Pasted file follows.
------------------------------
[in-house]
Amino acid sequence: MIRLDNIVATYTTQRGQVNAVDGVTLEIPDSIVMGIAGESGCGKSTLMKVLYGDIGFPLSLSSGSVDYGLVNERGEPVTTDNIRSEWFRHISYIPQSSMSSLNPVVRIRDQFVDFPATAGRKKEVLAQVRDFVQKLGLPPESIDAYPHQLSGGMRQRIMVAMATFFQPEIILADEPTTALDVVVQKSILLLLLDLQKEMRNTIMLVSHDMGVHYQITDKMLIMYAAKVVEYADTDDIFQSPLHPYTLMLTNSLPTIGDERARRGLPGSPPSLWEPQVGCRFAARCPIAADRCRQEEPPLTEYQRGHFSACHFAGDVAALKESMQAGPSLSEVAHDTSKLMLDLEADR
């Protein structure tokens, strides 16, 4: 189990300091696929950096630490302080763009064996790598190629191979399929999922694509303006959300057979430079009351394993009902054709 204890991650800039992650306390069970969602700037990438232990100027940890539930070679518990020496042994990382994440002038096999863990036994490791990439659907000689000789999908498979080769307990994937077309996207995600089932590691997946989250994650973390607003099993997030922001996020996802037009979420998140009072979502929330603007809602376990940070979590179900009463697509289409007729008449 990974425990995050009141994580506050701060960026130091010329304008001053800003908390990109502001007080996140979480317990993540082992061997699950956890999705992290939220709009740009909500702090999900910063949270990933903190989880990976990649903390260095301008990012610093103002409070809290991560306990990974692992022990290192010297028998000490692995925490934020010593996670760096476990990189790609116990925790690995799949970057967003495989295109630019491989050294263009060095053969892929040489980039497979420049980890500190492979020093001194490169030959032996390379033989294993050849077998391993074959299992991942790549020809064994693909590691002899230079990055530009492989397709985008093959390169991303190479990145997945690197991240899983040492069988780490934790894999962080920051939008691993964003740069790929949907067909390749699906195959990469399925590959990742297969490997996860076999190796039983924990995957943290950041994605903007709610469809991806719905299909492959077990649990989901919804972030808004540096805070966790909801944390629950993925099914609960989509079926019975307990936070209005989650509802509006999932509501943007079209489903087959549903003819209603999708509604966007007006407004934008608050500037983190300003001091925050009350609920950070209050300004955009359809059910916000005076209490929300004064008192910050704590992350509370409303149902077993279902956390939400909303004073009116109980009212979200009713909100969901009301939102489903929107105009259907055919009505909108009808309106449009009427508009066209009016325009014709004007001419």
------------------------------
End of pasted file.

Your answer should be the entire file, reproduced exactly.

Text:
[in-house]
Amino acid sequence: MIRLDNIVATYTTQRGQVNAVDGVTLEIPDSIVMGIAGESGCGKSTLMKVLYGDIGFPLSLSSGSVDYGLVNERGEPVTTDNIRSEWFRHISYIPQSSMSSLNPVVRIRDQFVDFPATAGRKKEVLAQVRDFVQKLGLPPESIDAYPHQLSGGMRQRIMVAMATFFQPEIILADEPTTALDVVVQKSILLLLLDLQKEMRNTIMLVSHDMGVHYQITDKMLIMYAAKVVEYADTDDIFQSPLHPYTLMLTNSLPTIGDERARRGLPGSPPSLWEPQVGCRFAARCPIAADRCRQEEPPLTEYQRGHFSACHFAGDVAALKESMQAGPSLSEVAHDTSKLMLDLEADR
């Protein structure tokens, strides 16, 4: 189990300091696929950096630490302080763009064996790598190629191979399929999922694509303006959300057979430079009351394993009902054709 204890991650800039992650306390069970969602700037990438232990100027940890539930070679518990020496042994990382994440002038096999863990036994490791990439659907000689000789999908498979080769307990994937077309996207995600089932590691997946989250994650973390607003099993997030922001996020996802037009979420998140009072979502929330603007809602376990940070979590179900009463697509289409007729008449 990974425990995050009141994580506050701060960026130091010329304008001053800003908390990109502001007080996140979480317990993540082992061997699950956890999705992290939220709009740009909500702090999900910063949270990933903190989880990976990649903390260095301008990012610093103002409070809290991560306990990974692992022990290192010297028998000490692995925490934020010593996670760096476990990189790609116990925790690995799949970057967003495989295109630019491989050294263009060095053969892929040489980039497979420049980890500190492979020093001194490169030959032996390379033989294993050849077998391993074959299992991942790549020809064994693909590691002899230079990055530009492989397709985008093959390169991303190479990145997945690197991240899983040492069988780490934790894999962080920051939008691993964003740069790929949907067909390749699906195959990469399925590959990742297969490997996860076999190796039983924990995957943290950041994605903007709610469809991806719905299909492959077990649990989901919804972030808004540096805070966790909801944390629950993925099914609960989509079926019975307990936070209005989650509802509006999932509501943007079209489903087959549903003819209603999708509604966007007006407004934008608050500037983190300003001091925050009350609920950070209050300004955009359809059910916000005076209490929300004064008192910050704590992350509370409303149902077993279902956390939400909303004073009116109980009212979200009713909100969901009301939102489903929107105009259907055919009505909108009808309106449009009427508009066209009016325009014709004007001419």